Color Me Natural

There are varying ways to determine what the term “natural” means to some women. Some feel like it means completely chemical free and others feel that it means relaxer free. Much like the topic of what products work better for which hair type, it is all up for interpretation. My own personal definition of the term is free of chemicals that are used with the intent to alter and/or straighten your hair texture. Now with that being said I would like to tread the waters of a touchy subject among the women of the natural hair community: coloring your tresses.
Now while there are numerous ways to do this, one of the most widely known, and controversial, is bleaching your hair then applying the color. Bleaching, in regards to natural hair, is defined as stripping the natural or artificial color of the hair. This process is often used by women who want vibrant colored hair, but because their natural hair is very dark pigmented the color will not show as bright as they would like, ergo the need to bleach. While this is the preferred method for some women, there are adverse effects that occur if the hair is not properly cared for. The primary issue surrounding this method of color treating is that a byproduct is the slight alteration of the curl pattern. In order to understand why that occurs first we take a look at the bleaching agent used. The most common chemical agent used when lightening hair is a mixture that is primarily composed of hydrogen peroxide. Damage may occur and the hair will become very brittle and dry. This will cause the hair to die and inevitably shed profusely. Proper care for this method of color treating is weekly deep conditioning treatments as well as low manipulation and extra moisturization is highly recommended.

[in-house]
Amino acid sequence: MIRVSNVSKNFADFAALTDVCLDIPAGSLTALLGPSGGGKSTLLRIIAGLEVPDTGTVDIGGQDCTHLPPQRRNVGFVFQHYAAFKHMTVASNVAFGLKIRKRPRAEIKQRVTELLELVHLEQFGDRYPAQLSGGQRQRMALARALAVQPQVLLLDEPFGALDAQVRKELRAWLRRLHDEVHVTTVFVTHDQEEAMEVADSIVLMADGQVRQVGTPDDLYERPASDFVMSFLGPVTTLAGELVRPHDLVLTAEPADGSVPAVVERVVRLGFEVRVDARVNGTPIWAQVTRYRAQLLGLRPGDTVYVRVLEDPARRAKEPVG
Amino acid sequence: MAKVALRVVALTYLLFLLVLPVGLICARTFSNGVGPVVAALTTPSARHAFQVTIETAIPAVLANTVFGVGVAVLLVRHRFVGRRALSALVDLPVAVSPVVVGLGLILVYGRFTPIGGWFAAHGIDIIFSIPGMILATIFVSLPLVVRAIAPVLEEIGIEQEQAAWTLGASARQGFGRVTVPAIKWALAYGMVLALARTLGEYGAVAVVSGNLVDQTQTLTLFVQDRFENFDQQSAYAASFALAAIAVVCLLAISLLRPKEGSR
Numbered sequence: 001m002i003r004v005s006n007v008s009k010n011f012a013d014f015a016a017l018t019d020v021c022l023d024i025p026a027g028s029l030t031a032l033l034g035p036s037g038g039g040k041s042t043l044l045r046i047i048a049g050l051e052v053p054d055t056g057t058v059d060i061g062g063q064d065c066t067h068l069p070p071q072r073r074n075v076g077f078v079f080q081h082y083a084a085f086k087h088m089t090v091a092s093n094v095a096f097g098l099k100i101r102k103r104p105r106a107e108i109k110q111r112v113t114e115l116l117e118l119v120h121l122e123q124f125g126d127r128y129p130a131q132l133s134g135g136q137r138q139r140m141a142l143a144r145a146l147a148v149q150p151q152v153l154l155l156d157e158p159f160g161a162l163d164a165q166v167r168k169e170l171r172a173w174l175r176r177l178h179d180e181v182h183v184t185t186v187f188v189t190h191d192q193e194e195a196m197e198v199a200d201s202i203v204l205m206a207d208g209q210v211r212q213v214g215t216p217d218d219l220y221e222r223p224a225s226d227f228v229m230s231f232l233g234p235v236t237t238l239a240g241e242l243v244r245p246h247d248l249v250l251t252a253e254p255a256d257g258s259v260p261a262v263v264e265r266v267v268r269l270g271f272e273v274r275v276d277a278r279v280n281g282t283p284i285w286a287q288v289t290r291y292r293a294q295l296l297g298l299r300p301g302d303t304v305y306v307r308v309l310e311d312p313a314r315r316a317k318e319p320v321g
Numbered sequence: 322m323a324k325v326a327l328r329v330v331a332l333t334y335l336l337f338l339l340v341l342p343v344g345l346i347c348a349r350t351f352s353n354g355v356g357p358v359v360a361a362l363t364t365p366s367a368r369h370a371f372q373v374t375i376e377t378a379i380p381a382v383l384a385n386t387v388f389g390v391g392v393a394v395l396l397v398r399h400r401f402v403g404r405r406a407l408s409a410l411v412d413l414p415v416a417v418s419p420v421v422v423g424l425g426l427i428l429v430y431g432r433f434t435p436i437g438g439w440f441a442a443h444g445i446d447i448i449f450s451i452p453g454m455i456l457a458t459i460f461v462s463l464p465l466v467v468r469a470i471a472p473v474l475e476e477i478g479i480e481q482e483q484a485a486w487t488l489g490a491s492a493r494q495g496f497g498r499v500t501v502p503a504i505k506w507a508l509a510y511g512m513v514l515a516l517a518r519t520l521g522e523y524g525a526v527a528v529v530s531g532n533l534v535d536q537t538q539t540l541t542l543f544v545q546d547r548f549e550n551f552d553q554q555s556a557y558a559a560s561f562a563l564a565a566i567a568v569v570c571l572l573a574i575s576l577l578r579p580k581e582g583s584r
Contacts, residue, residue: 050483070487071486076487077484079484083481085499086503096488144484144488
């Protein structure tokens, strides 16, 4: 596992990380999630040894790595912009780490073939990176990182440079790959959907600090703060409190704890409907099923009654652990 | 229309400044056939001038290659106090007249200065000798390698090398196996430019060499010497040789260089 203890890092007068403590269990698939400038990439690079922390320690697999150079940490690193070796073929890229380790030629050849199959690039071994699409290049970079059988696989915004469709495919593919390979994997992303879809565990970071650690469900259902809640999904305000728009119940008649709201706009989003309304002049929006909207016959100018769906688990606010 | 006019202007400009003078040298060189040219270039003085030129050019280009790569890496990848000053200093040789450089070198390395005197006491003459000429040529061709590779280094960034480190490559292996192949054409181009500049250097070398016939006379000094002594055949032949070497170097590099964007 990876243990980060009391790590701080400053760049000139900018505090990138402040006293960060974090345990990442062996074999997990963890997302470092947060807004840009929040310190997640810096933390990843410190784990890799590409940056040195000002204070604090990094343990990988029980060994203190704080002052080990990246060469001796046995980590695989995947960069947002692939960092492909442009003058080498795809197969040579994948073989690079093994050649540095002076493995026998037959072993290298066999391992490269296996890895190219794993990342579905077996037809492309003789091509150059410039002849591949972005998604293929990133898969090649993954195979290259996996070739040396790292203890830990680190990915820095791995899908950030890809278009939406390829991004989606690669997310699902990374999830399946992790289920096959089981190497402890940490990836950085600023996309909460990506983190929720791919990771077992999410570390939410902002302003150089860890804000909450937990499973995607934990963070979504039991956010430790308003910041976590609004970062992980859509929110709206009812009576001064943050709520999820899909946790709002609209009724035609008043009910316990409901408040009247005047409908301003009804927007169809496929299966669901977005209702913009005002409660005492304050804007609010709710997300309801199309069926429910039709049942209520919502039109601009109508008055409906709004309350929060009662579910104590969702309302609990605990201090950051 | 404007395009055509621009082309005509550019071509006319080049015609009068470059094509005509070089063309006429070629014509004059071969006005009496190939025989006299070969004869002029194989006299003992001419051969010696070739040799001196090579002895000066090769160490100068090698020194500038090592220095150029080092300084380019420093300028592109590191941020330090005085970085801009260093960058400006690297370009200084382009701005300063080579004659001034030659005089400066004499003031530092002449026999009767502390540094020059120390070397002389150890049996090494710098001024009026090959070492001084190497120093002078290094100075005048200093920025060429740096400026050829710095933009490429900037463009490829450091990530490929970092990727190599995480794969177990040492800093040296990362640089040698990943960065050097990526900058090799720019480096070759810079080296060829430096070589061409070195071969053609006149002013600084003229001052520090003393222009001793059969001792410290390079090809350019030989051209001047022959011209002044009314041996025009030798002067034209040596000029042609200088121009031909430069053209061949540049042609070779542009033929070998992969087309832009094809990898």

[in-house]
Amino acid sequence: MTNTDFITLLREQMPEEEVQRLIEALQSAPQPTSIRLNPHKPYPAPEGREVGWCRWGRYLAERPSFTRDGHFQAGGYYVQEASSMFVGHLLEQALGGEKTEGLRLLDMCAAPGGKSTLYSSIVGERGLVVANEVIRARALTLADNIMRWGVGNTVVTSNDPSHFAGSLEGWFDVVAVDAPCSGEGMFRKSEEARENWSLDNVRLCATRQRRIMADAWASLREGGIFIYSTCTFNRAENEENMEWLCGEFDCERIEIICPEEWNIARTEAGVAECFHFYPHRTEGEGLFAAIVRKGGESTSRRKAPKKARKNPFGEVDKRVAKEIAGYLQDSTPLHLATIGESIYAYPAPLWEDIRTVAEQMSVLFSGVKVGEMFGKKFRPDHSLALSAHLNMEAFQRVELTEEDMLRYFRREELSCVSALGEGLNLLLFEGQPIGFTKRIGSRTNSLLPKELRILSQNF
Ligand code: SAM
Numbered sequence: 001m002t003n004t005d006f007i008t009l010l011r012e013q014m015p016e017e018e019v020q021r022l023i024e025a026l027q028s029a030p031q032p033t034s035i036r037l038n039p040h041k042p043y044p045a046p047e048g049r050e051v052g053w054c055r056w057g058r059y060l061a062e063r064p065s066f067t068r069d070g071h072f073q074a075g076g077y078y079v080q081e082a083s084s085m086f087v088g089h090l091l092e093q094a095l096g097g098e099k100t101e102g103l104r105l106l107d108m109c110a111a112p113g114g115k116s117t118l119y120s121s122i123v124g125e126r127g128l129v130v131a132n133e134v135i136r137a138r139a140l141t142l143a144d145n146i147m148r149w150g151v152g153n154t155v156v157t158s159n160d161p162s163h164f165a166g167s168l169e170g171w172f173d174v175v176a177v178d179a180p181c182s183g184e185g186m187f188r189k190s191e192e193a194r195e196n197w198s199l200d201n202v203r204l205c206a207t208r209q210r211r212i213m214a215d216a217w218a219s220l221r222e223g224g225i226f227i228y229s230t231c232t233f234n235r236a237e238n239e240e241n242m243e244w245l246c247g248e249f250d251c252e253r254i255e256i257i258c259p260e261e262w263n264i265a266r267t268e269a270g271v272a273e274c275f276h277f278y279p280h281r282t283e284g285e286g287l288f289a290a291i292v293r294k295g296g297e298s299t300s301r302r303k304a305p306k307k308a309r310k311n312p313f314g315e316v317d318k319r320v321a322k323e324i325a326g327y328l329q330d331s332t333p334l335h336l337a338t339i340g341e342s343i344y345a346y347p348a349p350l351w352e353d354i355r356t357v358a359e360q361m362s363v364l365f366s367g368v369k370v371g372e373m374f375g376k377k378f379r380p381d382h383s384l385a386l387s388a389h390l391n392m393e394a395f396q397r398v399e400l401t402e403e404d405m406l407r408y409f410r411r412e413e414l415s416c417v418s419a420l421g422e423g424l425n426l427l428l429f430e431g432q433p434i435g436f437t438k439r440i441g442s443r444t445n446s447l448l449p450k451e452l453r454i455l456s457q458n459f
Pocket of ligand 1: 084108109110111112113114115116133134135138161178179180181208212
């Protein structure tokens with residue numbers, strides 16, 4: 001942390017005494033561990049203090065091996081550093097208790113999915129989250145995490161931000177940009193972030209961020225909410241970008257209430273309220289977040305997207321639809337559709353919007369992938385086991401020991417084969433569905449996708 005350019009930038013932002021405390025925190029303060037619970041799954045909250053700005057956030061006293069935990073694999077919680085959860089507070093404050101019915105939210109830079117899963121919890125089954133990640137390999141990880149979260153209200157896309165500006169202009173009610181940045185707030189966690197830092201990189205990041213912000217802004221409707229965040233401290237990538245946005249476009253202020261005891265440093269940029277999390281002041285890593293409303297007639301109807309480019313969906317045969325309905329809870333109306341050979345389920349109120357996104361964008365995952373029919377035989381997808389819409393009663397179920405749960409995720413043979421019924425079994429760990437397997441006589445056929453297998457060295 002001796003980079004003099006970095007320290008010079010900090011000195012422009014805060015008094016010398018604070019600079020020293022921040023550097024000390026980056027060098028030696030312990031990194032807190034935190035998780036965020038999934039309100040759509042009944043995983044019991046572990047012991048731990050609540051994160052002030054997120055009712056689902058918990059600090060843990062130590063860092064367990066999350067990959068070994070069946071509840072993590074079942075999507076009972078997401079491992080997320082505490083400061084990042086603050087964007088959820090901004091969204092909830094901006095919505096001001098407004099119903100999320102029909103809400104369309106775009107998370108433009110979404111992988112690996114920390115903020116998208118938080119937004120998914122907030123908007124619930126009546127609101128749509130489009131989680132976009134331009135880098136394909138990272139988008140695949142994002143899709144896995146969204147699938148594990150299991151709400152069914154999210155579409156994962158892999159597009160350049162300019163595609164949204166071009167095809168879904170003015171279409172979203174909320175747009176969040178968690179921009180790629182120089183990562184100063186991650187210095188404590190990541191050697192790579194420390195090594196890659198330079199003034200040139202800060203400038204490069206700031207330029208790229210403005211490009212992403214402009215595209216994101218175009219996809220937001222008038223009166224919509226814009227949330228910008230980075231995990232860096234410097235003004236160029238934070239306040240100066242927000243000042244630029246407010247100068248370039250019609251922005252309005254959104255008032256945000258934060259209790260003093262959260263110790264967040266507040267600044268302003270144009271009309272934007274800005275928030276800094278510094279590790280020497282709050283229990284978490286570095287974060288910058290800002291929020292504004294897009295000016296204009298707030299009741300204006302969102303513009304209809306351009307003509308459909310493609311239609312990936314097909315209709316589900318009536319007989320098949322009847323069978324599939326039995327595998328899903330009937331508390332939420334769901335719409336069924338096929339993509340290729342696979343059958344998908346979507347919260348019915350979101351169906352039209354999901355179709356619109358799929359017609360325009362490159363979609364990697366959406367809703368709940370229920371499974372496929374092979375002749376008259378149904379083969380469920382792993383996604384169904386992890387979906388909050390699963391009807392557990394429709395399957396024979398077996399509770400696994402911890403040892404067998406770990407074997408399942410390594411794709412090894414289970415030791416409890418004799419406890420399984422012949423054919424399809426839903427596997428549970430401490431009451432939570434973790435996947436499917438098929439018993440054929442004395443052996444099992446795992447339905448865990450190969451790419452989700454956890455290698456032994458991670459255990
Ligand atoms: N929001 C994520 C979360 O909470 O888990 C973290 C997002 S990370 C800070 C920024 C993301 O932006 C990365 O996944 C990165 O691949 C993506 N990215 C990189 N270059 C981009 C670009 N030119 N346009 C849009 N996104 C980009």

Another widely known method of altering the color of your tresses is henna. The most recognized form of henna is used to create beautiful temporary body art. In the Indian culture henna adorned the bodies of many beautiful women for a plethora of reasons, the most common being for wedding ceremonies, preparing the brides for their new husbands, or social and holiday celebrations. While it has been used in North Africa and South Asia for the past few centuries, henna has been used as a cosmetic dye for over 6,000 years. The henna that is used as a dye begins as a powder and is then mixed with a mild acid such as lemon juice or vinegar and left to sit until a paste forms. Then this paste is applied to the strands and allowed to permeate the hair leaving it dyed the shade of henna that was used. This form of color treating does not alter the texture of the hair or pattern of curl to which it was applied; however this is an all-natural form of altering the color of your hair. Deep conditioning is highly recommended, as well as adding moisture to your hair, but that should be something that is already a part of your hair care routine.
Now based on these two forms of coloring your tresses it is up to you to choose whichever works best for your hair or whichever keeps you on the “natural” straight and narrow. Personally I am at a crossroads due to the fact that I have used bleach in the past, and while damage did occur, I was unaware of what went into caring for bleached hair. I have yet to try henna, but it is on my natural hair bucket list. I do anticipate giving it a chance, but that is set in the (hopefully) not too distant future and always remember, what works for you is your choice. No one can define your hair for you, only you can do that. Just as only you can define what makes you naturally beautiful.

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